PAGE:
Do you want to save money?
Do you want to be Underspent, not overspent?
Do you want to feel happier and more content?
Right now, the rising cost of living is one of the biggest issues in Australia, America and the UK. According to the media, the average American owns 3.5 credit cards and owes US$15,799 in credit card debt. Three out of five American families can’t pay off their credit card debts. In the UK, someone is declared insolvent or bankrupt every five minutes, and a property is repossessed every eighteen minutes. Thirteen per cent of Australian adults and seventeen per cent of Aussie kids live below the poverty line, whilst the average Australian adult spends the first eight weeks of each year working just to pay for their car. There are more than eighteen million shopaholics in the United States, ninety-three per cent of teenage girls in the United States say shopping is their favourite activity and five per cent of all waste in Australian landfill is discarded clothing. The UK’s Citizens Advice Bureau deals with more than 7,000 debt problems every day and 21,000 credit or debit card purchases are made every minute in the UK.
We don’t need to question whether shopping addictions, household debt and the rising cost of living exist or not – we all know that these issues exist. We think about the cost of living, our household money and our debts every day. It’s what we do about it that’s important.
Rachel Smith interviewed men and women in Australia, the UK and the USA about their shopping habits. She also asked them what they thought would be the biggest challenges or personal battles they’d face if they had to quit shopping for three months. Their answers included: making do with what we already own, boredom, feeling unprepared, willpower, not buying gifts, fear of missing out and failing to meet children’s needs.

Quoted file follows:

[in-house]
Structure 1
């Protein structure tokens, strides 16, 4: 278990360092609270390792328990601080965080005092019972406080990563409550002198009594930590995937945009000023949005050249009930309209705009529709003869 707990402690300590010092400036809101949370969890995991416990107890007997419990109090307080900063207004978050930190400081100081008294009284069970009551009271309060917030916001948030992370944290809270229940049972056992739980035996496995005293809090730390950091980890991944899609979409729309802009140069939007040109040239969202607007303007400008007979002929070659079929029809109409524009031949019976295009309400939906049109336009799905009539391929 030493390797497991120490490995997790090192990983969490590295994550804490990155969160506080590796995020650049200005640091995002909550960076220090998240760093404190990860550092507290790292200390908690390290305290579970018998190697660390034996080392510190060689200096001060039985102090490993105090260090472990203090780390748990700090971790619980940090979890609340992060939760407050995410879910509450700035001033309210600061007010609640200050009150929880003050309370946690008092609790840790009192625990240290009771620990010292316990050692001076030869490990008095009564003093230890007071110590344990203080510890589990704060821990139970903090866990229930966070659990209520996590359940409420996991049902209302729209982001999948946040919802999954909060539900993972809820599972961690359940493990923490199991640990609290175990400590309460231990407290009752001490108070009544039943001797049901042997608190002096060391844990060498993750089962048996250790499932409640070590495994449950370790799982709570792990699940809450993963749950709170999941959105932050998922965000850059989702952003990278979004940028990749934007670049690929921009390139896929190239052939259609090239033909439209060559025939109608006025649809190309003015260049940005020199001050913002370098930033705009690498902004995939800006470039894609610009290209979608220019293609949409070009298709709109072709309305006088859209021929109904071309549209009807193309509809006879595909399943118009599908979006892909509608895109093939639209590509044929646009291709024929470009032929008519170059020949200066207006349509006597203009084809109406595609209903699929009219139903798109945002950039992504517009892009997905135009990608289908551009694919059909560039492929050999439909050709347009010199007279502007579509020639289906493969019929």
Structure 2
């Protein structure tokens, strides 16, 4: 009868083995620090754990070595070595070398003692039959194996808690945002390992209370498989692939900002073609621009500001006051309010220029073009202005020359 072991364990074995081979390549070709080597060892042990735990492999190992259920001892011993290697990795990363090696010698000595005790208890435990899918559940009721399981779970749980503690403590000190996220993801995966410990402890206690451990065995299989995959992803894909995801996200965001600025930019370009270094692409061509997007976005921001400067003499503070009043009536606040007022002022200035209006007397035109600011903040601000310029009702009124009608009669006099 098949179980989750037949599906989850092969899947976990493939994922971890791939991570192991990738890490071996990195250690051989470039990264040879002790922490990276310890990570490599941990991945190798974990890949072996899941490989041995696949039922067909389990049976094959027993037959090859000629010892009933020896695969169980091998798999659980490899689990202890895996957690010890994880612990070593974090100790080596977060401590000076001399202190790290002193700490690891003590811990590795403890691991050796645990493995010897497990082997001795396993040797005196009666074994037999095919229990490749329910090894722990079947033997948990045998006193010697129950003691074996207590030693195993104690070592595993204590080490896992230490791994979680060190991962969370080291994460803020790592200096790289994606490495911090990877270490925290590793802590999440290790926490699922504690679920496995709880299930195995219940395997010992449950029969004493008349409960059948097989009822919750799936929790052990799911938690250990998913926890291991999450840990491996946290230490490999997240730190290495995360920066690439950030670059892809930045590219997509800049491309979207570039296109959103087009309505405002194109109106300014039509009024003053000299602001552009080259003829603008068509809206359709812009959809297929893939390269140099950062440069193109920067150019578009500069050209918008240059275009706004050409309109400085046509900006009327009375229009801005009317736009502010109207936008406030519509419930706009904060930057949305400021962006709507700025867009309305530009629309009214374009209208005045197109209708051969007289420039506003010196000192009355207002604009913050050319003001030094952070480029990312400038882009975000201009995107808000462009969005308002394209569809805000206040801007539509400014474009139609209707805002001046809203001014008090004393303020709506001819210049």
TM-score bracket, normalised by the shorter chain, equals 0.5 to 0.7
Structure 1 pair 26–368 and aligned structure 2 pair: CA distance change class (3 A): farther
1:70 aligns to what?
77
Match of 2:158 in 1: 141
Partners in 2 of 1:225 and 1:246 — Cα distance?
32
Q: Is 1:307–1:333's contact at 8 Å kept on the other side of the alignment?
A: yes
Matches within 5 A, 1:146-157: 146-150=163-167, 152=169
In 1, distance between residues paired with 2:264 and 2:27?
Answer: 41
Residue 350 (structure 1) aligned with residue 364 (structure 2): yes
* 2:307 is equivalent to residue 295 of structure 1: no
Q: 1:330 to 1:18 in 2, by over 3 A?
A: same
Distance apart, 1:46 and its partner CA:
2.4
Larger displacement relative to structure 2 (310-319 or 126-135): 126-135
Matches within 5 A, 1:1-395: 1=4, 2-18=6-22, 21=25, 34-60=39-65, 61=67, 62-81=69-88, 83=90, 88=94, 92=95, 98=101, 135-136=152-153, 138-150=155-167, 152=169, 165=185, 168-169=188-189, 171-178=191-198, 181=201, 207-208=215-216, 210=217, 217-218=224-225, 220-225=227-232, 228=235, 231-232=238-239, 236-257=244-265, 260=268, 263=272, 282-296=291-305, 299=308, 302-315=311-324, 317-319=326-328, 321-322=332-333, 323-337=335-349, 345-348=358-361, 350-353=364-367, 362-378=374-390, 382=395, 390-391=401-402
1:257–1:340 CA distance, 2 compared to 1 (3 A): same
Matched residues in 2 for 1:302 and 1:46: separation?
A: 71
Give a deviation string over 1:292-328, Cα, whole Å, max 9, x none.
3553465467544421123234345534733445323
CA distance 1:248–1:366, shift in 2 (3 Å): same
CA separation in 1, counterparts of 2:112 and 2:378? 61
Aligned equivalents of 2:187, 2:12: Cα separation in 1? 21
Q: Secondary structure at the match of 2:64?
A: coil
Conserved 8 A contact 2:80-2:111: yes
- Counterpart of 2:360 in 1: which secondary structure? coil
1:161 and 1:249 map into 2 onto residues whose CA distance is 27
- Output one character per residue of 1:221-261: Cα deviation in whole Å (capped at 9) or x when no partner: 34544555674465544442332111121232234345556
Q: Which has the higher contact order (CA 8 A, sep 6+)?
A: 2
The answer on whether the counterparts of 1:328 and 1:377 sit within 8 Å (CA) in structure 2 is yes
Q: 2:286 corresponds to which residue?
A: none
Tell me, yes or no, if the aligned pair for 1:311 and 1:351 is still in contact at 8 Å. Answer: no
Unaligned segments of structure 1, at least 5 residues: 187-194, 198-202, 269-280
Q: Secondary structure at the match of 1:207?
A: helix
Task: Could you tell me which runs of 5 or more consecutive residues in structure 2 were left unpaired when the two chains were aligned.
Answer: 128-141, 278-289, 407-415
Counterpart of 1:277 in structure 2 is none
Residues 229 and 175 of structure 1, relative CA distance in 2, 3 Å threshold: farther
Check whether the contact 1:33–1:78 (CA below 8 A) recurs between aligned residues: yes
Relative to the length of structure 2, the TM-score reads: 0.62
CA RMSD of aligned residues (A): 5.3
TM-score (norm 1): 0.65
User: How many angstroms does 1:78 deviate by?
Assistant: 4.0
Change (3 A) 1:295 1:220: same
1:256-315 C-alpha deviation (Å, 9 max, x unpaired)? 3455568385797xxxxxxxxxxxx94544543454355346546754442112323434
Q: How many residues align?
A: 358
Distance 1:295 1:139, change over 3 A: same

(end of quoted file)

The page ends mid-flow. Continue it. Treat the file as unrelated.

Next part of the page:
In this groundbreaking and entertaining book, Rachel reveals the Seven-Step Process she took to break her shopping addiction and buying habit, without dramatically changing her life.
For Rachel, the ultimate result of implementing the seven steps set out in this book was:
•being Underspent—spending less than usual (she was spending less money than was required and expected)
•breaking her impulse shopping addiction and habit of buying ‘stuff’
•saving 38 per cent of her net (take-home) annual salary
•feeling happier and more content.
This is a book that people can use, not just agree with. Underspent examines in detail:
•the problems caused by impulse shopping addictions
•the seven things we love about buying and shopping
•why we shop and buy so much
•what triggers our shopping and buying
•seven things to love about quitting consumerism
•the seven sticking points
•seven challenges and personal battles we face when quitting
•the seven steps to being Underspent.
Rachel has written this book because she wants to share how she broke her impulse shopping addiction and habit of buying ‘stuff’, without dramatically changing her life. In this book, she tells you what she did; she won’t tell you what to do. Rachel wants to share the tools that worked for her. This is a practical guide for men and women who want to quit shopping and save money.
With case studies, stories, information and practical exercises, Rachel shows you how to apply the seven steps.
It’s Rachel’s big dream that men and women will read and implement one, some or all of the steps in this book, because the future belongs to those who believe in the beauty of being Underspent—and the reality that none of us will have an impulse shopping addiction or buying ‘stuff’ habit ever again.